Sugar gliders (Petaurus breviceps) are small nocturnal marsupials. They live in forests in Australia, Indonesia and New Guinea.
As the name suggests, they like to glide.
It’s a good way to get from one tree to another without exhausting your tiny self going all the way down to the ground and back up. It also avoids the predators on the way. Not to mention leaving them behind looking silly as you zoom to safety.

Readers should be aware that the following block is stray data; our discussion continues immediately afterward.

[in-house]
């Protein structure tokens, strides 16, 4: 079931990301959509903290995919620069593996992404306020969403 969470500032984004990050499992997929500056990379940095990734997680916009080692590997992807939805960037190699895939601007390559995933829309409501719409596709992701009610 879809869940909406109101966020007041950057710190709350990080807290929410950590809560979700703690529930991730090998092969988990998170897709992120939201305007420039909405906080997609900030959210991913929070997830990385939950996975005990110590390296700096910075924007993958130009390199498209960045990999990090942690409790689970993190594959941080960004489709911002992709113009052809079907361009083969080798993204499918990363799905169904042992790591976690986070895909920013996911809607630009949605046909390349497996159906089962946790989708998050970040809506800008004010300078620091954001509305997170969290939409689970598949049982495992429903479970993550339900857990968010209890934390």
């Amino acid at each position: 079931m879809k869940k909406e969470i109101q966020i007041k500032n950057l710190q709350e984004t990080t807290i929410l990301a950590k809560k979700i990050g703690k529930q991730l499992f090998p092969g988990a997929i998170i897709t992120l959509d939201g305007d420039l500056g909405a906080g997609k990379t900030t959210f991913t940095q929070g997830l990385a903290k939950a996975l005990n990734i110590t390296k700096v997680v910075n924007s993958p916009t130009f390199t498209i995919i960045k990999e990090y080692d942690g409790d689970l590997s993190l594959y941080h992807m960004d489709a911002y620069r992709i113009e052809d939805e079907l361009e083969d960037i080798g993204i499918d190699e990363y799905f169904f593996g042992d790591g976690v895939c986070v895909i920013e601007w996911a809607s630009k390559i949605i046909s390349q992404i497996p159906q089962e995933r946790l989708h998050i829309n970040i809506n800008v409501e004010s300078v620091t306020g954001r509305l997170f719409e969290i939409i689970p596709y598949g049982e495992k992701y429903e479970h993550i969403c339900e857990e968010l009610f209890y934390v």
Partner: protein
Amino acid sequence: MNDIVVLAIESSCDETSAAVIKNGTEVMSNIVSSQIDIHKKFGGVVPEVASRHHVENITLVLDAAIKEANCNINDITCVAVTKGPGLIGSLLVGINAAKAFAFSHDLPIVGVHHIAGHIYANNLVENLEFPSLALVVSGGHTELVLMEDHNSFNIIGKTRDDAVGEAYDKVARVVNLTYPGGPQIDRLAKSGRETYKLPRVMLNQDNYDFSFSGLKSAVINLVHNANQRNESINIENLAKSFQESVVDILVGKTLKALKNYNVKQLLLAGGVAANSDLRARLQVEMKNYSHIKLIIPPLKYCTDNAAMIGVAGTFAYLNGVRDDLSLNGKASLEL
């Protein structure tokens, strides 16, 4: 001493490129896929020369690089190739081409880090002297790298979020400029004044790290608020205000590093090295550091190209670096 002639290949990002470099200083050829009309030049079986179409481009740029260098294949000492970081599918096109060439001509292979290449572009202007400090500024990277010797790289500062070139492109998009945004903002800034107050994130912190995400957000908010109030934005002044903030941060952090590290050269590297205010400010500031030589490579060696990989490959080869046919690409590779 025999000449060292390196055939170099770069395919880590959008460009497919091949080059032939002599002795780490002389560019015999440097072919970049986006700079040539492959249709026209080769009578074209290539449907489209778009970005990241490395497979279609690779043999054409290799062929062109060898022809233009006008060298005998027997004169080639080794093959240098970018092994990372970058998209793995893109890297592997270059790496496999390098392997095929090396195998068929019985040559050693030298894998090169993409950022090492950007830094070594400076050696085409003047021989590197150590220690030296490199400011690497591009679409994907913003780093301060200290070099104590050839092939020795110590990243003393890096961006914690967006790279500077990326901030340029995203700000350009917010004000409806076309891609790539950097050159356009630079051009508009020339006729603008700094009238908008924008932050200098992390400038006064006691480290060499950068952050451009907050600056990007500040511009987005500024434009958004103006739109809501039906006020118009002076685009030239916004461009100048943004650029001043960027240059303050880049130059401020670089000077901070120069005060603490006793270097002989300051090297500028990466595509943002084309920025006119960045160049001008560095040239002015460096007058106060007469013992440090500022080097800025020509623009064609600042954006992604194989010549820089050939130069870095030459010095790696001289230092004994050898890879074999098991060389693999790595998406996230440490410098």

They like to eat insects in summer when they can get them. In winter there aren’t nearly so many, so they chew a small hole in a tree and drink the sugary sap, which is why they’re sugar gliders rather than mahogony gliders.
They’re a popular pet in Australia and the United States. I can see the appeal, but wild sugar gliders have territories of over an acre, and I’m not sure they’d be happy in a flat. They’re also prone to calcium deficiencies in captivity, and get something similar to rickets. So I won’t be getting one myself.
But I’d still love to tickle a sugar glider’s tummy.